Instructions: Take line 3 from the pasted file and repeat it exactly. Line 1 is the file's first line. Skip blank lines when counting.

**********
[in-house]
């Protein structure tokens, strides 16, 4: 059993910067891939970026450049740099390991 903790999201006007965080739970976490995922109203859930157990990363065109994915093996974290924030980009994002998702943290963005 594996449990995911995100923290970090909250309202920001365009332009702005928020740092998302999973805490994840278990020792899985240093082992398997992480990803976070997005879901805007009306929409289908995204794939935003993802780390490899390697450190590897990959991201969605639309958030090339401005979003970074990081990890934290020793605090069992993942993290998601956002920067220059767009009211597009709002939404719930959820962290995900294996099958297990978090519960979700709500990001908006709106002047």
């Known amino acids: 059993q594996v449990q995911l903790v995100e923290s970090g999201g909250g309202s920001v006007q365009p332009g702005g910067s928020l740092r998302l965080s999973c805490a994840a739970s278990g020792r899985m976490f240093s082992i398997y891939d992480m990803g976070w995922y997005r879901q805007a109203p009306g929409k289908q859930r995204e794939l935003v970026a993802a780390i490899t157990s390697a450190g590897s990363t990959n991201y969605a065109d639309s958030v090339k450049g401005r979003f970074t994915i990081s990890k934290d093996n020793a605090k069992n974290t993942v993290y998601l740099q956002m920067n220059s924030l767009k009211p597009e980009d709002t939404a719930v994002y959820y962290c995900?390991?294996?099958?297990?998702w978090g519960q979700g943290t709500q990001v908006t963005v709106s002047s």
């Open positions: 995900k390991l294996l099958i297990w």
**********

């Known amino acids: 059993q594996v449990q995911l903790v995100e923290s970090g999201g909250g309202s920001v006007q365009p332009g702005g910067s928020l740092r998302l965080s999973c805490a994840a739970s278990g020792r899985m976490f240093s082992i398997y891939d992480m990803g976070w995922y997005r879901q805007a109203p009306g929409k289908q859930r995204e794939l935003v970026a993802a780390i490899t157990s390697a450190g590897s990363t990959n991201y969605a065109d639309s958030v090339k450049g401005r979003f970074t994915i990081s990890k934290d093996n020793a605090k069992n974290t993942v993290y998601l740099q956002m920067n220059s924030l767009k009211p597009e980009d709002t939404a719930v994002y959820y962290c995900?390991?294996?099958?297990?998702w978090g519960q979700g943290t709500q990001v908006t963005v709106s002047s």